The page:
Just as a typical calendar has four seasons, twelve months, fifty-two weeks, and 365 days that include holidays, solemn days, commemorative days, and days that are just "average," the Liturgical Year Calendar of the Church uses similar terms and measurements.
The Liturgical Year is also marked by special seasons—Advent, Christmas, Lent, The Triduum or Three Days, Easter, and Ordinary Time. The Liturgical Year begins on the first Sunday of Advent, which usually occurs around the beginning of December or the end of November, and ends on the feast of Christ the King.
However, the purpose of the Liturgical Year Calendar is not to mark the passage of time, but to celebrate and understand more fully the entire mystery of Jesus Christ, from his incarnation and birth until his ascension, the day of Pentecost, and the expectation of his return in glory. During the course of a year, the paschal mystery—the passion, death, resurrection, and ascension of Jesus—is viewed from different angles, in different lights.
The Liturgical Year Calendar first tells us what readings the Church has designated to be used for each day. Then it names the special feasts and commemorations celebrated during each season. These are listed one week at a time. A small colored cross reflects the color of the vestments to be worn by the priest during each celebration of the liturgy.
Liturgies celebrated during the different seasons of the liturgical year have distinctive music and specific readings, prayers, and rituals. All of these work together to reflect the spirit of the particular season. The colors of the vestments that the priest wears during the liturgy also help express the character of the mysteries being celebrated.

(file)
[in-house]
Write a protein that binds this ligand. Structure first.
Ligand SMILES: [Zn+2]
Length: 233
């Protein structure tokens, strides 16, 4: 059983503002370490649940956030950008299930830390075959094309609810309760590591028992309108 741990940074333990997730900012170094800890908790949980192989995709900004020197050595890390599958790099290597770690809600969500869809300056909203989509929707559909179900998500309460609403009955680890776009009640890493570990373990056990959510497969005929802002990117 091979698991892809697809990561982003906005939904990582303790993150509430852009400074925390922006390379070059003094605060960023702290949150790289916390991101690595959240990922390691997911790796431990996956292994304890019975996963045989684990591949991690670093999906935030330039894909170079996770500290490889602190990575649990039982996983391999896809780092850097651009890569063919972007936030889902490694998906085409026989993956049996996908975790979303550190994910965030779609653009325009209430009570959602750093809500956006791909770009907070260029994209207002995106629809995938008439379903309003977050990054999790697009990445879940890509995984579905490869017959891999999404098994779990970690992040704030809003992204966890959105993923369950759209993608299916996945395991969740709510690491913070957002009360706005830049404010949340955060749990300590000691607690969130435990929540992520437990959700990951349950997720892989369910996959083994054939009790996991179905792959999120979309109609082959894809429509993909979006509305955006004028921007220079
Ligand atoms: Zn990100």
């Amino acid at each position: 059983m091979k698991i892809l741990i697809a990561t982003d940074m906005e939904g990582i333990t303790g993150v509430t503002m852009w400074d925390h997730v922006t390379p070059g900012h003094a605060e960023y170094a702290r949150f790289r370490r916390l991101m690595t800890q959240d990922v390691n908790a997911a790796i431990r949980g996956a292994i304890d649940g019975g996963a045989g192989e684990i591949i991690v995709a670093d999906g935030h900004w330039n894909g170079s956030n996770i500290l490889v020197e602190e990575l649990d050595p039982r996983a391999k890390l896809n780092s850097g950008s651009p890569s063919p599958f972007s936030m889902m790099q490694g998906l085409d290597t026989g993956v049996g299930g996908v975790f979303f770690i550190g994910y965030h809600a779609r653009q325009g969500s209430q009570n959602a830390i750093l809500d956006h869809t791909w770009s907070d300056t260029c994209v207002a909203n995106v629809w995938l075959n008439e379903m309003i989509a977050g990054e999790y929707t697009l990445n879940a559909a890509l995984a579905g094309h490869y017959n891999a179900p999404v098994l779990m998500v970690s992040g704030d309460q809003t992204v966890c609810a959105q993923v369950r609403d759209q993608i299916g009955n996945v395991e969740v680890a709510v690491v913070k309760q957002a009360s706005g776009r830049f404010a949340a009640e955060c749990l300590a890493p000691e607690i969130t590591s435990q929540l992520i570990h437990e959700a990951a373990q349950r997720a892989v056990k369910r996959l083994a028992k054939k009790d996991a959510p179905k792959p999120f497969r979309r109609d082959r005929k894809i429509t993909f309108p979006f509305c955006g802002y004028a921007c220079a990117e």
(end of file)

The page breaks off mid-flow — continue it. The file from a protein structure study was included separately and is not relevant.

White, the color of joy and victory, is used for the seasons of Easter and Christmas. It is also used for the feasts of Our Lord, for feasts of Mary, the angels, and for saints who are not martyrs. Gold may also be used on solemn occasions.
Red (the color of blood) is used on days when we celebrate the passion of Jesus on Passion Sunday and Good Friday. It is also used for the birthday feasts of the apostles and evangelists and for the celebrations of martyrs. Red (the color of fire) recalls the Holy Spirit and is used on Pentecost and for the sacrament of Confirmation.
Green, seen everywhere in plants and trees, symbolizes life and hope and is used during Ordinary Time.
The colors violet or purple in Advent help us to remember that we are preparing for the coming of Christ. Lent, the season of penance and renewal, also uses the colors violet or purple.
Rose may be used on the Third Sunday of Advent, Gaudete Sunday, and on the Fourth Sunday of Lent, Laetare Sunday. It expresses the joy of anticipation for Christmas and Easter, respectively.